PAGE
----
Camera Basics: Common Exposure Modes

Digital cameras are laden with bells and whistles. One common feature set is a selection of exposure modes which allow the user to choose how the camera will determine exposure settings when taking a picture. Understanding these exposure modes is essential to getting the best out of your digital camera. Let’s discuss the common digital camera exposure modes and their uses.

Automatic (Auto)
In this mode, the camera’s computer makes all the exposure setting choices for you. The only decision that’s left to the photographer is when to press the shutter button. It’s great for those times when you don’t want to fuss with your camera’s settings at all and produces acceptable pictures in most situations.

Program Mode (Pgm or P)
Program Mode gives the photographer some control over how the camera selects the exposure settings. On most cameras, you can set the film speed equivalent, exposure compensation, and image size. Some cameras offer additional settings in this mode. Program mode is very useful when you want to affect the settings the camera chooses without picking any settings yourself. For example, if you want the camera to deliberately underexpose a shot, you can do that by setting the exposure compensation to a negative number.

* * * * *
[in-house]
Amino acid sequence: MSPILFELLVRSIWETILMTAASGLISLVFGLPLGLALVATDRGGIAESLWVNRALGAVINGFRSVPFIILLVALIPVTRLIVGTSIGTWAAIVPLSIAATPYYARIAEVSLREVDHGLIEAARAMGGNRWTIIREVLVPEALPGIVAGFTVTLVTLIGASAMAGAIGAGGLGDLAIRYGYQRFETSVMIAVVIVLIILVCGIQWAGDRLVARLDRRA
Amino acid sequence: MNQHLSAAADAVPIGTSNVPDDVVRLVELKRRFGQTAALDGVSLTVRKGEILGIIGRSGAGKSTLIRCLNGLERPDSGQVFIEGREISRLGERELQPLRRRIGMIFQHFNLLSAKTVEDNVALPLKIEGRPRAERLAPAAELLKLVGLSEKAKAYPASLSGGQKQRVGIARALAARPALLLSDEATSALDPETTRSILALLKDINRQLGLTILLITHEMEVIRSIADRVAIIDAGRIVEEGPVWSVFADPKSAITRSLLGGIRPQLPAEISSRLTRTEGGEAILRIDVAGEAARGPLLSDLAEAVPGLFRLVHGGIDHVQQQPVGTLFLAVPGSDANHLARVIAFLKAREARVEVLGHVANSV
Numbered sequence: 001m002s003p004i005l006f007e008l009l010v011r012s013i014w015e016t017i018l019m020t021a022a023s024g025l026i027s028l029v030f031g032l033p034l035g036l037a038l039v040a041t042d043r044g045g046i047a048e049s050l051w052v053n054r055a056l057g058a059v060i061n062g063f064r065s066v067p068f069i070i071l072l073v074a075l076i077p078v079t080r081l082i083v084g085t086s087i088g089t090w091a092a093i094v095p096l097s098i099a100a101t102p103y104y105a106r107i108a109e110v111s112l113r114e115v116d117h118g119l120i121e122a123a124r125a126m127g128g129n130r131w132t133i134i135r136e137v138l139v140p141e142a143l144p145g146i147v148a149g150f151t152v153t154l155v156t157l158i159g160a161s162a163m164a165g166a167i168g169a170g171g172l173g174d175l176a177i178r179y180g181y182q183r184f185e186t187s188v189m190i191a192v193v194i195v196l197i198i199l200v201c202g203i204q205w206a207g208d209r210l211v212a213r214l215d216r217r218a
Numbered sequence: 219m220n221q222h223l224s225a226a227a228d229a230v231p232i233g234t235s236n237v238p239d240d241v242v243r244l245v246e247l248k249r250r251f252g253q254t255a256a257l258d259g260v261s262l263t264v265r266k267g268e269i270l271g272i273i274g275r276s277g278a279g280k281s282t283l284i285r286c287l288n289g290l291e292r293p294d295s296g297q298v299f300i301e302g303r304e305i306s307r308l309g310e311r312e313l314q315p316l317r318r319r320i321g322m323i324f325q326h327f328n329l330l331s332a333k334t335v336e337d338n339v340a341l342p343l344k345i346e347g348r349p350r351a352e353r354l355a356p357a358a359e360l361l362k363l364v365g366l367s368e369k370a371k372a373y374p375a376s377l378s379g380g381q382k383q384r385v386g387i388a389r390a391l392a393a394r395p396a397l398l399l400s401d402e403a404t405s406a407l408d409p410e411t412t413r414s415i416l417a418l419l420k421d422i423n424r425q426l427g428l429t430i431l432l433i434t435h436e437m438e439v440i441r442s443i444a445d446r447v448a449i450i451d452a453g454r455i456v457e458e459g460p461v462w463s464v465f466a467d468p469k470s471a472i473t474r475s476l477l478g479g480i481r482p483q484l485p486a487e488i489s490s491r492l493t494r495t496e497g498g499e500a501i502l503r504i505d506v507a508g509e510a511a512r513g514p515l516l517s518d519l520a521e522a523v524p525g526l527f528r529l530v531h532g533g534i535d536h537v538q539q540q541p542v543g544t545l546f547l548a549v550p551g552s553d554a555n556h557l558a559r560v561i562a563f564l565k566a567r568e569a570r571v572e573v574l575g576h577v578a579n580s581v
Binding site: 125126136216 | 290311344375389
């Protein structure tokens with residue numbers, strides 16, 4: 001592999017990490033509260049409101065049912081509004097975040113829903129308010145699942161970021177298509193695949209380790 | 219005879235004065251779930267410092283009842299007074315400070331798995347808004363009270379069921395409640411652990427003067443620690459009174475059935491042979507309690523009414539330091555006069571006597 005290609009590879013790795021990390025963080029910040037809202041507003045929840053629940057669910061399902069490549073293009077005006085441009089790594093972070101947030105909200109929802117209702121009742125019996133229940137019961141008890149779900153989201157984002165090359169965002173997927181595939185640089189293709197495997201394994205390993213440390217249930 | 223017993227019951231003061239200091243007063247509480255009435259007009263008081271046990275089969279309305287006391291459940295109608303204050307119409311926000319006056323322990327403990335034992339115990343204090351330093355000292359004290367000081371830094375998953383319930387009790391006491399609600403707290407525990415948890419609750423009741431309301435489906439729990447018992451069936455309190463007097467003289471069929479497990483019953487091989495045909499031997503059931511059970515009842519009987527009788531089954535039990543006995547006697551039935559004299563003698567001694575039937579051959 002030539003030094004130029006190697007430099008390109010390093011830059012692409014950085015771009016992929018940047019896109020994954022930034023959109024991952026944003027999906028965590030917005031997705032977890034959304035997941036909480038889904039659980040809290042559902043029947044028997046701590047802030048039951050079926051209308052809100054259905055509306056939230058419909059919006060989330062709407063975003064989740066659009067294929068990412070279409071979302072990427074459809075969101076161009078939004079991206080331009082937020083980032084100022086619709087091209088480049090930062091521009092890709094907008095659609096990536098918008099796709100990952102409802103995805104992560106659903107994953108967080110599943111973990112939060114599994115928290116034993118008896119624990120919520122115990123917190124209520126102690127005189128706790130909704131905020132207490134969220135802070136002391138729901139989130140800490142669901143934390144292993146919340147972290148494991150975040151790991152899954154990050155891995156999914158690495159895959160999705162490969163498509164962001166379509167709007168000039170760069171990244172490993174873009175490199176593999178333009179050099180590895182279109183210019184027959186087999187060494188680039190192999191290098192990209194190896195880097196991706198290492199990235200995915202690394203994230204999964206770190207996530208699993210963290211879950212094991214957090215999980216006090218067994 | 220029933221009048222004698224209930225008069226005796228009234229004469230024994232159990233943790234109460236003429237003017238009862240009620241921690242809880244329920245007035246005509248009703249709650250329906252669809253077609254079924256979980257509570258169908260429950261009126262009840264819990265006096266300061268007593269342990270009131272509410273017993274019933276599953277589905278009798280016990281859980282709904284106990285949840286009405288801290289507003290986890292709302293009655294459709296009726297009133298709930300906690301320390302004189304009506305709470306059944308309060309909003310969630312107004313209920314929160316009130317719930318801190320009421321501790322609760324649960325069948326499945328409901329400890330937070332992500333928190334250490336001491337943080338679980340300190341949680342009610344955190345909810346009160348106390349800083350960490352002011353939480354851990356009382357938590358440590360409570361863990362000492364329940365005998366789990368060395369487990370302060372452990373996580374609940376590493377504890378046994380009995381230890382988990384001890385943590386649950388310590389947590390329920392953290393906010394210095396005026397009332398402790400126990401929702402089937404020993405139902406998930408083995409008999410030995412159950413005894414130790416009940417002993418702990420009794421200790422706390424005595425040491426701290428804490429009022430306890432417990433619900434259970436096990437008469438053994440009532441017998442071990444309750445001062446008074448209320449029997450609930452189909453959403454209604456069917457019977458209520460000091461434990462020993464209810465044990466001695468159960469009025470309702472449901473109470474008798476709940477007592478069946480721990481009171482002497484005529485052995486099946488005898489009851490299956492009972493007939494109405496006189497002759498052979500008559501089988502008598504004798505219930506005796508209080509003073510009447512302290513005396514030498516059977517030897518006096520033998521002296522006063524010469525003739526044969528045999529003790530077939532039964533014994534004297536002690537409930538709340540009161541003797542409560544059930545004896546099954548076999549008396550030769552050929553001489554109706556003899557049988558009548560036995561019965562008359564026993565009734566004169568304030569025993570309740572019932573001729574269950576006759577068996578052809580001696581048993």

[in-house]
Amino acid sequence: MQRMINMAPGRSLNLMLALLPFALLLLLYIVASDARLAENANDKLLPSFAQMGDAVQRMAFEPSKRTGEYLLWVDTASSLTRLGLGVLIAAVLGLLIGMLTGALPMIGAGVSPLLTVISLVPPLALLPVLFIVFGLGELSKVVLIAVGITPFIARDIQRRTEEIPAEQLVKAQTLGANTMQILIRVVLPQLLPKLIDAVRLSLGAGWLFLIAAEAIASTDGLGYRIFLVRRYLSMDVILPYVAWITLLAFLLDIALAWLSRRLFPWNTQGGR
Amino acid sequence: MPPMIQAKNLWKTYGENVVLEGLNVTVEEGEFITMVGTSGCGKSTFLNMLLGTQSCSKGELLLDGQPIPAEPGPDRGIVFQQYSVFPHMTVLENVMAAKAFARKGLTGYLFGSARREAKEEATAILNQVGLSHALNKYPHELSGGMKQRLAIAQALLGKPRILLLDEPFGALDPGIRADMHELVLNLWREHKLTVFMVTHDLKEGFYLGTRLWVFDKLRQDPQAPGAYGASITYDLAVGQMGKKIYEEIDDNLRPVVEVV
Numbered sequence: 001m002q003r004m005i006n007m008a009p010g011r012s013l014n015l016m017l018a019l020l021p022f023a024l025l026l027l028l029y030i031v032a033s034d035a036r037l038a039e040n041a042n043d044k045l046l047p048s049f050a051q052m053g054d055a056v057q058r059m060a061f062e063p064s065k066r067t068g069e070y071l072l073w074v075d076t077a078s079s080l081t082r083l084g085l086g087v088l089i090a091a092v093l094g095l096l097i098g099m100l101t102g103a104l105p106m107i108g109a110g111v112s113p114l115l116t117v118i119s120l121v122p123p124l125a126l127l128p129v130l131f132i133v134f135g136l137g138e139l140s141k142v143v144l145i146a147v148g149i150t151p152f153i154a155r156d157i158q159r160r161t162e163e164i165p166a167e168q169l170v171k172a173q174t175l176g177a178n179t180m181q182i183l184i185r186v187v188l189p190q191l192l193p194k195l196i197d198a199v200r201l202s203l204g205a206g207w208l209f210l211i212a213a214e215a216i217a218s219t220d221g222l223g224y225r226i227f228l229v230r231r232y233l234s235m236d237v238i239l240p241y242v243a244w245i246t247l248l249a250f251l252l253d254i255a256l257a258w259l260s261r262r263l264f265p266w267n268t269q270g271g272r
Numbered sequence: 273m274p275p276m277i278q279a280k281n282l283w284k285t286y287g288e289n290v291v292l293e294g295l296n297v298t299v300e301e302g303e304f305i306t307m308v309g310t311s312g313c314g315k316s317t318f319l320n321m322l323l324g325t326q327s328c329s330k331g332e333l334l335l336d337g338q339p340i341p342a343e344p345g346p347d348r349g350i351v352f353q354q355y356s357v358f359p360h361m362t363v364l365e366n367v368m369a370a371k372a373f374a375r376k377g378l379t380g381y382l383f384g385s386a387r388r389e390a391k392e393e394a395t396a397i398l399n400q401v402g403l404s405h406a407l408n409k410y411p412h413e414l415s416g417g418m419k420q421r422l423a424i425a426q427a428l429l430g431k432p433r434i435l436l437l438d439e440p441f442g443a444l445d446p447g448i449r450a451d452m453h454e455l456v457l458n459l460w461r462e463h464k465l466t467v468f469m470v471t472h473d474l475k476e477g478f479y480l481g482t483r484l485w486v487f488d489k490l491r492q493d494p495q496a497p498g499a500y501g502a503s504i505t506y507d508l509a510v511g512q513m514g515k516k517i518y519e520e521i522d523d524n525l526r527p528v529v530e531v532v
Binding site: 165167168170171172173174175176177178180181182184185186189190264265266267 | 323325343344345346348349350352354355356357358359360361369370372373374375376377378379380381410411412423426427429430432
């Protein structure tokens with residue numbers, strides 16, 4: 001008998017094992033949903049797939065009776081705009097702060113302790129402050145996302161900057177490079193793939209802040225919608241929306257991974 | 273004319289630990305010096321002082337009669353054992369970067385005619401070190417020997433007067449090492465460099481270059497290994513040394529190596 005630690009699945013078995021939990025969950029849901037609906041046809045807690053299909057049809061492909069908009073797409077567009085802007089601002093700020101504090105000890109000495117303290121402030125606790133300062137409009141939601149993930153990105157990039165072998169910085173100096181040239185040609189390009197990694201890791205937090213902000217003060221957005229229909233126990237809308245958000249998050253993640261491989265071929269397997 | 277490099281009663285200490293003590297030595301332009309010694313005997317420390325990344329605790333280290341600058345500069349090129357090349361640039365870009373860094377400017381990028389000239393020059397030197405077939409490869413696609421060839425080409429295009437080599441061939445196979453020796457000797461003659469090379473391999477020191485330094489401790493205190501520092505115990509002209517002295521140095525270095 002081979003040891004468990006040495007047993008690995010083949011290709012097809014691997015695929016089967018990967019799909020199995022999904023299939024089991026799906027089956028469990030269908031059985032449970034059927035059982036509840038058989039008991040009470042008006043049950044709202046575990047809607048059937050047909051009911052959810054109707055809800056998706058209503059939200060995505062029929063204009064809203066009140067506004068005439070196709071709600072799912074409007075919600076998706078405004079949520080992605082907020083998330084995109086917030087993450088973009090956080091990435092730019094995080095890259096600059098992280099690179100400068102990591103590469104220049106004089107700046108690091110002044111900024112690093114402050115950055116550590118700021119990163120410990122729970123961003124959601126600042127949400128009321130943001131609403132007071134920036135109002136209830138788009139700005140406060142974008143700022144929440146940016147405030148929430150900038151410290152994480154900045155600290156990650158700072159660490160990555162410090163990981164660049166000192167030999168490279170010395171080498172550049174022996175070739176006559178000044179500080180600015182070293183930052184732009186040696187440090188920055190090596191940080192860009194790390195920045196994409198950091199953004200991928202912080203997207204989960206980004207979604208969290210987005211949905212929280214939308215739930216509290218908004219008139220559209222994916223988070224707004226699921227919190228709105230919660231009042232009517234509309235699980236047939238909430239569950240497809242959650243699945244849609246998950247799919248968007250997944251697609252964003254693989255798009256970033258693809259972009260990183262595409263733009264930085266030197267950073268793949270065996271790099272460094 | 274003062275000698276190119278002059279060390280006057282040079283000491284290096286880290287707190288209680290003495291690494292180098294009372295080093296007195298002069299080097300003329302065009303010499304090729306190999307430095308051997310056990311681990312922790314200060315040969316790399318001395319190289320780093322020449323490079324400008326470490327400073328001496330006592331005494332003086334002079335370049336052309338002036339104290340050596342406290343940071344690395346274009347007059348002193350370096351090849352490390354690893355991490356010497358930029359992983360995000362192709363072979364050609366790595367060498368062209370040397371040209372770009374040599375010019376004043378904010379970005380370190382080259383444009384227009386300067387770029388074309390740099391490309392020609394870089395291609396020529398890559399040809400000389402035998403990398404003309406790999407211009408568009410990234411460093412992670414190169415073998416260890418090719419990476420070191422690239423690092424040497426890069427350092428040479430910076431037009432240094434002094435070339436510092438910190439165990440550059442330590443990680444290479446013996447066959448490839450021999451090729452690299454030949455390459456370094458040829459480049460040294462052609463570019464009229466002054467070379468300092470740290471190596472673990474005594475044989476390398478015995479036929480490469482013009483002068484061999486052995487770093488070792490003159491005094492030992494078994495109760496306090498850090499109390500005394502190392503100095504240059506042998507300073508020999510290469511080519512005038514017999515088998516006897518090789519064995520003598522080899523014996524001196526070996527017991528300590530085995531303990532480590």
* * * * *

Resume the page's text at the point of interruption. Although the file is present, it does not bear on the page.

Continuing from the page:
Aperture Priority Mode (A or Av)
If you would like to select the lens aperture while the camera determines the shutter speed automatically – use aperture priority mode. The aperture is the opening inside the lens that controls how much light enters the camera. Since the lens aperture controls the amount of the picture that is in focus, this is an important creative control for the photographer. In addition to the aperture, the photographer can choose the film speed equivalent, exposure compensation, image size, and other camera functions with the exception of the shutter speed in this mode. Advanced amateur and professional photographers often utilize Aperture Priority Mode when control over focus is critical, and shutter speed is not.

Shutter Priority Mode (S or Tv)
The natural complement to aperture priority mode is shutter priority mode. The user selects the shutter speed they want to use while the camera determines the correct aperture automatically. This mode offers the same additional controls as aperture priority mode. Many photographers prefer to shoot in shutter priority mode. It’s particularly useful and appropriate when shooting sports or other fast moving subjects where control of the shutter speed is crucial.

Manual Mode (M)
Want to be in charge of all the choices? Select manual mode. The camera will read the scene and tell you how far away you are from the exposure indicated by the meter, but you’ll have to adjust the aperture and shutter speed yourself. This gives you a great deal of creative control, but removes many of the safeguards that protect you from mistakes. Some of the features available in other modes will be disabled in manual mode because they are redundant. Experienced photographers often turn to manual mode to reduce the amount of menu navigation they have to do when adjusting exposure for specific situations. The disadvantage of manual mode is that changing the settings takes time, and if conditions are changing rapidly it’s hard to keep up.

Understanding the exposure modes your camera offers will help you get the best results possible in every situation. For more detailed information on the exposure modes, and the specific features and controls available in each mode, refer to your camera manual.

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